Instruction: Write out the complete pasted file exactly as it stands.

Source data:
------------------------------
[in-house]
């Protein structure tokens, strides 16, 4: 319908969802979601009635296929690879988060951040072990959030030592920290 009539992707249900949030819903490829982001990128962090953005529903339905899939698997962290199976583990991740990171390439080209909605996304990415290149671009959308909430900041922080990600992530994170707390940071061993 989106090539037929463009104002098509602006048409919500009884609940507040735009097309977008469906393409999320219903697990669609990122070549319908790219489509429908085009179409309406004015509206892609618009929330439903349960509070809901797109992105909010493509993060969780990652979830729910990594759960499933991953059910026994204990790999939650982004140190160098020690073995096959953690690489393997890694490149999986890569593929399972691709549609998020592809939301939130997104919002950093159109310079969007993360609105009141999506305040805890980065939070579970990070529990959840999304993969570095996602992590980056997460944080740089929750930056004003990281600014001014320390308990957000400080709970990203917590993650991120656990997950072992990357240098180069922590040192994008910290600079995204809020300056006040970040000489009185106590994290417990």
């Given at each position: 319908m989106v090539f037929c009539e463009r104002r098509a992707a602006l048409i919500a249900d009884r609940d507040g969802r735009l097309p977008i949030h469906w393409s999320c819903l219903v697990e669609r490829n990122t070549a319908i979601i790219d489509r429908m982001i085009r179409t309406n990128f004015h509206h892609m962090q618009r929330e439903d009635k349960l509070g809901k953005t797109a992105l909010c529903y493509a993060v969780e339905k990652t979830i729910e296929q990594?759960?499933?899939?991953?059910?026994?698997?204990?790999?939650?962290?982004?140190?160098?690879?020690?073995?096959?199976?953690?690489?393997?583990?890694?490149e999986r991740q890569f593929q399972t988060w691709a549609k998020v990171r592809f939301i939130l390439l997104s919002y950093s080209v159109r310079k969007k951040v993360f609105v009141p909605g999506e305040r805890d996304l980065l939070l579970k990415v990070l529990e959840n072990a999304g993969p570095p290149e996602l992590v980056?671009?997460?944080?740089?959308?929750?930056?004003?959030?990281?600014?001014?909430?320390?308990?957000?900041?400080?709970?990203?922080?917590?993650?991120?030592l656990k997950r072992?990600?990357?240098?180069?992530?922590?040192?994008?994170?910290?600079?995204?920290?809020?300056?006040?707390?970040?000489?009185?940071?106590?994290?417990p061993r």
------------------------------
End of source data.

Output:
[in-house]
């Protein structure tokens, strides 16, 4: 319908969802979601009635296929690879988060951040072990959030030592920290 009539992707249900949030819903490829982001990128962090953005529903339905899939698997962290199976583990991740990171390439080209909605996304990415290149671009959308909430900041922080990600992530994170707390940071061993 989106090539037929463009104002098509602006048409919500009884609940507040735009097309977008469906393409999320219903697990669609990122070549319908790219489509429908085009179409309406004015509206892609618009929330439903349960509070809901797109992105909010493509993060969780990652979830729910990594759960499933991953059910026994204990790999939650982004140190160098020690073995096959953690690489393997890694490149999986890569593929399972691709549609998020592809939301939130997104919002950093159109310079969007993360609105009141999506305040805890980065939070579970990070529990959840999304993969570095996602992590980056997460944080740089929750930056004003990281600014001014320390308990957000400080709970990203917590993650991120656990997950072992990357240098180069922590040192994008910290600079995204809020300056006040970040000489009185106590994290417990």
């Given at each position: 319908m989106v090539f037929c009539e463009r104002r098509a992707a602006l048409i919500a249900d009884r609940d507040g969802r735009l097309p977008i949030h469906w393409s999320c819903l219903v697990e669609r490829n990122t070549a319908i979601i790219d489509r429908m982001i085009r179409t309406n990128f004015h509206h892609m962090q618009r929330e439903d009635k349960l509070g809901k953005t797109a992105l909010c529903y493509a993060v969780e339905k990652t979830i729910e296929q990594?759960?499933?899939?991953?059910?026994?698997?204990?790999?939650?962290?982004?140190?160098?690879?020690?073995?096959?199976?953690?690489?393997?583990?890694?490149e999986r991740q890569f593929q399972t988060w691709a549609k998020v990171r592809f939301i939130l390439l997104s919002y950093s080209v159109r310079k969007k951040v993360f609105v009141p909605g999506e305040r805890d996304l980065l939070l579970k990415v990070l529990e959840n072990a999304g993969p570095p290149e996602l992590v980056?671009?997460?944080?740089?959308?929750?930056?004003?959030?990281?600014?001014?909430?320390?308990?957000?900041?400080?709970?990203?922080?917590?993650?991120?030592l656990k997950r072992?990600?990357?240098?180069?992530?922590?040192?994008?994170?910290?600079?995204?920290?809020?300056?006040?707390?970040?000489?009185?940071?106590?994290?417990p061993r």